February Reading Round Up

I’ll never understand how anyone could claim that April is the cruelest month, when February is sitting right there, a cold eternity condensed into 28 miserable days. I feel like I had to hike all the way to Mordor to get to March, but at least I read some lovely books on the way.

Spinning Silver, by Naomi Novik

I was not a huge fan of Uprooted, Novik’s previous fairy tale book, so I let this loose retelling of Rumpelstiltskin languish on my TBR pile for months. Big mistake, as I absolutely adored this one! The kingdom (a sort of fantasy Poland) has always been plagued by magical beings of winter. But this winter is worse than most. We start off following the character of Miryem, the Jewish daughter of a money lender, in a sort of fantasy Poland suffering through a terrible winter, plagued by terrifying magical beings. The story rapidly branches out to include other points of view, most of them young women who are refusing to lay down and die under challenging circumstances. This is a fairly lengthy tome, but the pace never wavered. The plots intersected and diverged at regular intervals, carrying me along on their tide, but the real stars are the characters and relationships. This is a book about people, not action, so the pacing might feel slow to some, but I found myself thoroughly immersed in the world and in the lives of these stubborn women.

You Can’t Play in Our Woods, by Cat Scully

I quite enjoyed this southern gothic about college students doing things they should not have done, and suffering the consequences. This is a chapbook, so a short story in a lovely binding, and not nearly the length of a novel, or even a novella. I don’t have the constitution to read an entire horror novel – I think my nerves would after a couple of chapters – so this bite-sized story was just right for me, personally.

A Witch’s Kitchen, by Dianna Sanchez

This middle grade novel about a young witch who doesn’t think she can do magic brought me so much joy. As a grown woman, I’m not exactly the target audience for this one, but reading about Millie’s journey of self-discovery provided a welcome distraction when I was stressed out and exhausted. The story follows her as she enrolls in school for the first time (witches are traditionally home schooled in this setting), and gets to know the rest of the inhabitants of the Enchanted Forest – trolls and dragons and pixies and so much more! – while also learning more about her own family and abilities. Millie’s love of cooking (a passion which her mother does everything possible to discourage) infuses every page, and proves to be more than just flavoring – it proves crucial to her self-discovery.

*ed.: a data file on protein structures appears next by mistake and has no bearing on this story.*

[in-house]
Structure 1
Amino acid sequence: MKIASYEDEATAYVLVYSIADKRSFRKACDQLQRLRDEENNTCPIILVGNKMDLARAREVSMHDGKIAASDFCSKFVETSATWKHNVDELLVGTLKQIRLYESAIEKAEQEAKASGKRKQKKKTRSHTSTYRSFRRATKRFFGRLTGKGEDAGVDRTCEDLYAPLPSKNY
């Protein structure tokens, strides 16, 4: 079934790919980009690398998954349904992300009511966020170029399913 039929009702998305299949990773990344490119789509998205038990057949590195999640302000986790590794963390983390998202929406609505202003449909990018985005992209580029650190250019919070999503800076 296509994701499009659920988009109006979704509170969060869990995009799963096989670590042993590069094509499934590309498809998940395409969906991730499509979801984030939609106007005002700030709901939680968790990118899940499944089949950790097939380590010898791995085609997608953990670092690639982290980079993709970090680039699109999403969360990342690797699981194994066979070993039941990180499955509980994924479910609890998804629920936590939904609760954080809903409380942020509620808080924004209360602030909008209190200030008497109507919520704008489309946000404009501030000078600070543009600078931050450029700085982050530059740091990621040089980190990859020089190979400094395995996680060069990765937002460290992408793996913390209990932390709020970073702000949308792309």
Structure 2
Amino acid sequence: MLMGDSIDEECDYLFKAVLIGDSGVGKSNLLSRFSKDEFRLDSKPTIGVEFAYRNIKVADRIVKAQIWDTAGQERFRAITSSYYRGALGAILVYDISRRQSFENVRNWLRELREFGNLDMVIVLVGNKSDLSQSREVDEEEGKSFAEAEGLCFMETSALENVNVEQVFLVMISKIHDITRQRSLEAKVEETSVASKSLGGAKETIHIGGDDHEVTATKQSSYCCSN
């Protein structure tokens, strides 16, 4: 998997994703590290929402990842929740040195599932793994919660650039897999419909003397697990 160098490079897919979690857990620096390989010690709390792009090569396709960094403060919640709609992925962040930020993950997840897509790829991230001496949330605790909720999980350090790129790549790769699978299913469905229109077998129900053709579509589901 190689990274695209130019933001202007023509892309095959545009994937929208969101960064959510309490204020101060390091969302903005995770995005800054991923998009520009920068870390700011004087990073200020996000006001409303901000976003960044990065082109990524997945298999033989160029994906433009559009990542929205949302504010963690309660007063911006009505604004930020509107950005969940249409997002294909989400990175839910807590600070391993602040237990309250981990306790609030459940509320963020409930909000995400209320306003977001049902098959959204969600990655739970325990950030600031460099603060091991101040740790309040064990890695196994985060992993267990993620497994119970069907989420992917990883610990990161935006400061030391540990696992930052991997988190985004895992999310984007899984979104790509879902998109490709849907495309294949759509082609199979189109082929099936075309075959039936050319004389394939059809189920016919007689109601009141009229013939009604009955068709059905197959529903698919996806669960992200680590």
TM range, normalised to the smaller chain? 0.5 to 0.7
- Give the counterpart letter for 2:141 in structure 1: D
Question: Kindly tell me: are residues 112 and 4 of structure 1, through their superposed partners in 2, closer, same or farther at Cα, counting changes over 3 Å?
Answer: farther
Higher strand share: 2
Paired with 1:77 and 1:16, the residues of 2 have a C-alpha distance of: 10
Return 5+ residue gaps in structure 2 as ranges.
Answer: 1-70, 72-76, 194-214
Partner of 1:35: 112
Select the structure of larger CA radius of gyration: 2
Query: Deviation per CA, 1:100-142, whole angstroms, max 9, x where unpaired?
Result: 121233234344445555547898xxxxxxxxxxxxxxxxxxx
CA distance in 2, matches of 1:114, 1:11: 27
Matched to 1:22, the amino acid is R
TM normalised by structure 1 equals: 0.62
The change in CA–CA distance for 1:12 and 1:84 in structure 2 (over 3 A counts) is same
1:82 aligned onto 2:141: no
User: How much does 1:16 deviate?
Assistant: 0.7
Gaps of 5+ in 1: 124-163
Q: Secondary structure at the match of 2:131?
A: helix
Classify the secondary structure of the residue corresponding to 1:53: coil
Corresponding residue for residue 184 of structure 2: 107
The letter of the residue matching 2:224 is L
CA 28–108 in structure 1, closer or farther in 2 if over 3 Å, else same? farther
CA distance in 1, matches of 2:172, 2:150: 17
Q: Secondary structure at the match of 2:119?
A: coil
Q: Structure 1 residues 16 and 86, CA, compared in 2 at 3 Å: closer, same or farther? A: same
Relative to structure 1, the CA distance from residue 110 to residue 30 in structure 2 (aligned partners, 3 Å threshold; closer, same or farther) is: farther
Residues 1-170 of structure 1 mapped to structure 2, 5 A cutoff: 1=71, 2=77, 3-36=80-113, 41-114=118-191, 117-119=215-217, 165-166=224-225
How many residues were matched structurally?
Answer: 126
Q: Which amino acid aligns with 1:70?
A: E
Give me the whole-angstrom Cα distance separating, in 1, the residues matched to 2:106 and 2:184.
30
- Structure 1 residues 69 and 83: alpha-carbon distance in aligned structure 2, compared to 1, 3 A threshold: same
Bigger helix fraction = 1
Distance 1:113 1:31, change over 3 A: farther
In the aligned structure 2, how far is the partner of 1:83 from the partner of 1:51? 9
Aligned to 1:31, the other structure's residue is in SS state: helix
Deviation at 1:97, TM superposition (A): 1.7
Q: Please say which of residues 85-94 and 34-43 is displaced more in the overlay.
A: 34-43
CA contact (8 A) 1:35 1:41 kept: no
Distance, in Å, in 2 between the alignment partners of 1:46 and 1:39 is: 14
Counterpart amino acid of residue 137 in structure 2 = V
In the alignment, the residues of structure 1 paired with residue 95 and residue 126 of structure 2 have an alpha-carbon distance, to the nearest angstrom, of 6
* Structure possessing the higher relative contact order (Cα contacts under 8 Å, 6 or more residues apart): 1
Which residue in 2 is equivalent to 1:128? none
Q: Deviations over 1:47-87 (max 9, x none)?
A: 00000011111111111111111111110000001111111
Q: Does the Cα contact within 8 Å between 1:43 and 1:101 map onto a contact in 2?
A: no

How Long ‘til Black Future Month?, by N.K. Jemisin

I have no chill when it comes to the work of N.K. Jemisin, so you know that I adored this collection of short stories. She includes all of my favorite genres, from near-future SF to steampunk to alternate versions of our contemporary world, to outright fantasy. I especially enjoyed the stories that were clear precursors to her novels. The story set in the world of the Dreamblood duology was particularly telling, and deepened my appreciation for those novels. Also of note is her response to Ursula K. Le Guin’s classic, “The Ones Who Walk Away from Omelas. “The Ones Who Stay and Fight” amazed me from the title, and does not pull its punches.

The Between, by L.J. Cohen

Lydia discovered that the family she has lived with for 17 years is not her real family, that she is really a fairy, hidden away in the human world. This lovely YA novel employs the usual fairy tropes – the fairy courts come right from a Midsummer Night’s Dream, with Oberon and Titania fighting for power in the wake of their falling out – but it does a really solid job bringing them to life. Lydia is every teenager – surly, defensive, but full of potential and genuinely trying her best. She constantly alludes to the Wizard of Oz in order to make sense of what is happening to her, which is all the more endearing because the comparison really doesn’t work for this situation. It’s an adorable bit of persistent characterization that made me smile every time it came up. While this is technically the first in a duology, it stands very well on its own.

That’s it for February. I hope that February was gentle with you all!